Someone once told me: “If you’re not sure what to do about something imagine it’s ten years in the future and what you’re experiencing now is in the past. What would you like to say you did? How would you like to say you reacted?”
I found it to be good advice. But unfortunately I got that advice too late for a particular era in my life which fills me with shame when I think of it.
But to tell you that story I’m going to have to go even further back in time. Until I was four years old life was fairly typical. I was a happy little kid with one older brother Rafi and a younger sister Chava. One day the unthinkable happened: My mother was in a terrible car accident. She was physically unharmed but Rafi was killed. He was only five years old. Everyone was in shock.
I don’t remember much from that time and today I only have vague memories of Rafi — and really I suspect that most of those memories are really me remembering what others told me about him. I’m told that I reacted more from seeing my parents and grandparents cry during the shivah than from being told that Rafi was gone. I suppose it makes sense. What does a four-year-old understand about death? Nothing. But they do understand tears. And when your strong sturdy parents who can fix everything are crying it’s frightening. I’m told I had nightmares and started wetting my bed.
I always feel this strong sadness when I think back to that time. Of course I can barely remember it… but that poor poor little four-year-old who had no idea what was happening! That poor little girl who had no idea what was to come.
Turned out that my mother felt terrible awful unimaginable guilt that her son had been killed while she was at the wheel of the car. Now I understand that she must have been plagued with a million what-ifs. What if she hadn’t taken Rafi with her in the car? What if she’d taken a different route? What if she’d gone just five minutes earlier? Or five minutes later? Maybe Rafi would still be here today. Add that to the “regular” agony that a parent experiences when a beloved child dies.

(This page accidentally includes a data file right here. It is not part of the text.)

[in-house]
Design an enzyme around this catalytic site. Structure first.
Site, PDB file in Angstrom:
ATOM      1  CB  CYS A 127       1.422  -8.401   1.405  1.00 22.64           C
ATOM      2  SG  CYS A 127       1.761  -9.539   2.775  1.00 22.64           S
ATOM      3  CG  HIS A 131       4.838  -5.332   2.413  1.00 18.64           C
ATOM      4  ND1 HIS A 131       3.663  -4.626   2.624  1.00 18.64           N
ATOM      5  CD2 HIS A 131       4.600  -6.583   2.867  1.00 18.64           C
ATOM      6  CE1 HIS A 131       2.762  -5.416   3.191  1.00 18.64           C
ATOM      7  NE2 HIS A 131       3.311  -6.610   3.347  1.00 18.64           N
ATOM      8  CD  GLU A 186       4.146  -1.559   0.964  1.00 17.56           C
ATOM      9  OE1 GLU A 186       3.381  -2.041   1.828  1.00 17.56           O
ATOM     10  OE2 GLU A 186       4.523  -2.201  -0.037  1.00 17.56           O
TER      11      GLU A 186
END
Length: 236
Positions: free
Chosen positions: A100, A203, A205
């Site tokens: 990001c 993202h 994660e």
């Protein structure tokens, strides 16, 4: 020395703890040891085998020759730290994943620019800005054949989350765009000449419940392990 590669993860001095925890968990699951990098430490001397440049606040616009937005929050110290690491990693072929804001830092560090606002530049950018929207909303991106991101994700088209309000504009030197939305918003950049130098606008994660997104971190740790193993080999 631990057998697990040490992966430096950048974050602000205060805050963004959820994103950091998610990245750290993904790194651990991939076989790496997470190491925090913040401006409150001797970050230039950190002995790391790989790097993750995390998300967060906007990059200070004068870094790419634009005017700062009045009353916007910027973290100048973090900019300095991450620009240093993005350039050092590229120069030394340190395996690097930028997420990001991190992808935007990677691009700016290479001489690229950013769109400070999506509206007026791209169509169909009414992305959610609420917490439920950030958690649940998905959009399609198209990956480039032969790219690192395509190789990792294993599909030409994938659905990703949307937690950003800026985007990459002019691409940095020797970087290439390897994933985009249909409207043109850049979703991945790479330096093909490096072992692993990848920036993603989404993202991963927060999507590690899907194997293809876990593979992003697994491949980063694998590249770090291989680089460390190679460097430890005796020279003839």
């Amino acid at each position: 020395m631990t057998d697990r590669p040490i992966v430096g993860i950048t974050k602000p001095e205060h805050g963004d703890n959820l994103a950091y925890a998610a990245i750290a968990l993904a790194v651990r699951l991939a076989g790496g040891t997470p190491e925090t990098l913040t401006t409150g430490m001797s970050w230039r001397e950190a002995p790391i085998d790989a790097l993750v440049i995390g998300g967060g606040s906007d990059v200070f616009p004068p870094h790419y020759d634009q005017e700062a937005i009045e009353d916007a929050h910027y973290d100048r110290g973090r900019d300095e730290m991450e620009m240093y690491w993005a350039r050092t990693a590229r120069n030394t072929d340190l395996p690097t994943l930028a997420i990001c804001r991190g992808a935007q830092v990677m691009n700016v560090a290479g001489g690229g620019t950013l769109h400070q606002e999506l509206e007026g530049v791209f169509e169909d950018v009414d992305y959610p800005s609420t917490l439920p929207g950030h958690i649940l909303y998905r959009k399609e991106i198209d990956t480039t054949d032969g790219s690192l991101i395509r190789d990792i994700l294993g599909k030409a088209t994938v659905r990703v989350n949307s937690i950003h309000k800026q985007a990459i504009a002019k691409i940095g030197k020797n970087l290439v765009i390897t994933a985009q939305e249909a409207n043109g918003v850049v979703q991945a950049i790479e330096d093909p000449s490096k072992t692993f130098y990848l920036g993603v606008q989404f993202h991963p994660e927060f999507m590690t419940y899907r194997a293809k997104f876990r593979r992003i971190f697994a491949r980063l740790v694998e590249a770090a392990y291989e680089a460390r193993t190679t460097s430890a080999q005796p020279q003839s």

Sure we all believe in Hashem and that He knows what He’s doing and that He only takes people at the right time.
Well it’s easier to believe in theory when you’re not struggling with a child’s death. Not surprisingly soon after the shivah my mother wound up in a special hospital. I was only a little girl at the time but it was explained to me that she “wasn’t sick in her body” and “needed help with her feelings.” Of course now that I’m older I understand exactly what that means but at the time I barely grasped what people were telling me. I was only four. I just missed my Mommy!
Clearer than any memories of Rafi or the shivah is a memory I have of visiting my mother in the hospital one day. My mother looked the same but she was stiff and I remember my father urging her to hold me. I still remember that cold horrible feeling in the pit of my stomach.
Baruch Hashem time passed and time healed. My mother came home from the hospital and our new normal resumed. I talked about Rafi less and less. His name came up every so often — it still does — but eventually mentioning his name just felt like talking about someone I used to know many years ago and kind of lost touch with. I went to school Chava went to school. My parents both had jobs. A few years later my mother had another baby a girl they named Menucha.
The year Rafi would have been bar mitzvah was particularly hard for my parents. They were being invited to bar mitzvahs of the boys who had been in Rafi’s kindergarten class. Around that time I later found out my mother had a miscarriage — and it had been a boy. It had been years but my parents were still suffering and missing Rafi. Now I understand that that’s not unusual for bereaved parents; it’s against nature for parents to bury a child and there’s really no “getting over it.” Time can only heal so much… (excerpted)
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